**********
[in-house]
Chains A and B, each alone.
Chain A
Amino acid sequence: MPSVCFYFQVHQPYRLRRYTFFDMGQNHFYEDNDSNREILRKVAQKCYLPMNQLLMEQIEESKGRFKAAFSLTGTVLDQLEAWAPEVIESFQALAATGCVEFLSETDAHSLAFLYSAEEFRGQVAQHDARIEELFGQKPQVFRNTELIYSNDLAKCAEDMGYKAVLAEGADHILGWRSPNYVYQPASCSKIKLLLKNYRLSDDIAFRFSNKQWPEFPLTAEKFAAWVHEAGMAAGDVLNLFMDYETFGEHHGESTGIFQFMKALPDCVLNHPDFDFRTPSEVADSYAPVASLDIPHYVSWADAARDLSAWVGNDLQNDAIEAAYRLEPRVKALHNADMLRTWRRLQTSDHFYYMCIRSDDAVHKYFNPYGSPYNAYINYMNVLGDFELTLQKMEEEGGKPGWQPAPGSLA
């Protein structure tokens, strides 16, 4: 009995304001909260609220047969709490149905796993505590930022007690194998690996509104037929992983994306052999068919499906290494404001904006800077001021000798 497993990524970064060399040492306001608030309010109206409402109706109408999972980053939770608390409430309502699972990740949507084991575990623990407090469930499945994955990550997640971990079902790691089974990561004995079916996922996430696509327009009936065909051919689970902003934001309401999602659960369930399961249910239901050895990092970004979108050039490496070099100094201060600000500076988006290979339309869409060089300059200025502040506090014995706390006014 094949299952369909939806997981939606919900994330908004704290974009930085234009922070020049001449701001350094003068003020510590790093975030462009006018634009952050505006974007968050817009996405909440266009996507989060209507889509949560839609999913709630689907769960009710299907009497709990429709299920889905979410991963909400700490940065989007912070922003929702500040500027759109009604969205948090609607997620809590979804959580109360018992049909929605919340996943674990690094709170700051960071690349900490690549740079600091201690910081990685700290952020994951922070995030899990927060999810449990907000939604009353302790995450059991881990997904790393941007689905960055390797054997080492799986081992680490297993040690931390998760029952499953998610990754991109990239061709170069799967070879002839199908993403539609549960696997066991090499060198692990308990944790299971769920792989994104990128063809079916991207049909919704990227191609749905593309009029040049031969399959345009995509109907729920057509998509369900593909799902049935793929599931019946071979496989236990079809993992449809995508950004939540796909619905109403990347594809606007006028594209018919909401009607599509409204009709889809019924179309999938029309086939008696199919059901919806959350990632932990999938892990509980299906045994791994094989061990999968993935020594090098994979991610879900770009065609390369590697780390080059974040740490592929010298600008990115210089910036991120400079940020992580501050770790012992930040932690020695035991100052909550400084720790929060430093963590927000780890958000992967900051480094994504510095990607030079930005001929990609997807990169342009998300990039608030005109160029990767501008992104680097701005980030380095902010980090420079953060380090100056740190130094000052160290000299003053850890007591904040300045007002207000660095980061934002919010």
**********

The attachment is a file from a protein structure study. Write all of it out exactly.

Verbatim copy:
[in-house]
Chains A and B, each alone.
Chain A
Amino acid sequence: MPSVCFYFQVHQPYRLRRYTFFDMGQNHFYEDNDSNREILRKVAQKCYLPMNQLLMEQIEESKGRFKAAFSLTGTVLDQLEAWAPEVIESFQALAATGCVEFLSETDAHSLAFLYSAEEFRGQVAQHDARIEELFGQKPQVFRNTELIYSNDLAKCAEDMGYKAVLAEGADHILGWRSPNYVYQPASCSKIKLLLKNYRLSDDIAFRFSNKQWPEFPLTAEKFAAWVHEAGMAAGDVLNLFMDYETFGEHHGESTGIFQFMKALPDCVLNHPDFDFRTPSEVADSYAPVASLDIPHYVSWADAARDLSAWVGNDLQNDAIEAAYRLEPRVKALHNADMLRTWRRLQTSDHFYYMCIRSDDAVHKYFNPYGSPYNAYINYMNVLGDFELTLQKMEEEGGKPGWQPAPGSLA
């Protein structure tokens, strides 16, 4: 009995304001909260609220047969709490149905796993505590930022007690194998690996509104037929992983994306052999068919499906290494404001904006800077001021000798 497993990524970064060399040492306001608030309010109206409402109706109408999972980053939770608390409430309502699972990740949507084991575990623990407090469930499945994955990550997640971990079902790691089974990561004995079916996922996430696509327009009936065909051919689970902003934001309401999602659960369930399961249910239901050895990092970004979108050039490496070099100094201060600000500076988006290979339309869409060089300059200025502040506090014995706390006014 094949299952369909939806997981939606919900994330908004704290974009930085234009922070020049001449701001350094003068003020510590790093975030462009006018634009952050505006974007968050817009996405909440266009996507989060209507889509949560839609999913709630689907769960009710299907009497709990429709299920889905979410991963909400700490940065989007912070922003929702500040500027759109009604969205948090609607997620809590979804959580109360018992049909929605919340996943674990690094709170700051960071690349900490690549740079600091201690910081990685700290952020994951922070995030899990927060999810449990907000939604009353302790995450059991881990997904790393941007689905960055390797054997080492799986081992680490297993040690931390998760029952499953998610990754991109990239061709170069799967070879002839199908993403539609549960696997066991090499060198692990308990944790299971769920792989994104990128063809079916991207049909919704990227191609749905593309009029040049031969399959345009995509109907729920057509998509369900593909799902049935793929599931019946071979496989236990079809993992449809995508950004939540796909619905109403990347594809606007006028594209018919909401009607599509409204009709889809019924179309999938029309086939008696199919059901919806959350990632932990999938892990509980299906045994791994094989061990999968993935020594090098994979991610879900770009065609390369590697780390080059974040740490592929010298600008990115210089910036991120400079940020992580501050770790012992930040932690020695035991100052909550400084720790929060430093963590927000780890958000992967900051480094994504510095990607030079930005001929990609997807990169342009998300990039608030005109160029990767501008992104680097701005980030380095902010980090420079953060380090100056740190130094000052160290000299003053850890007591904040300045007002207000660095980061934002919010």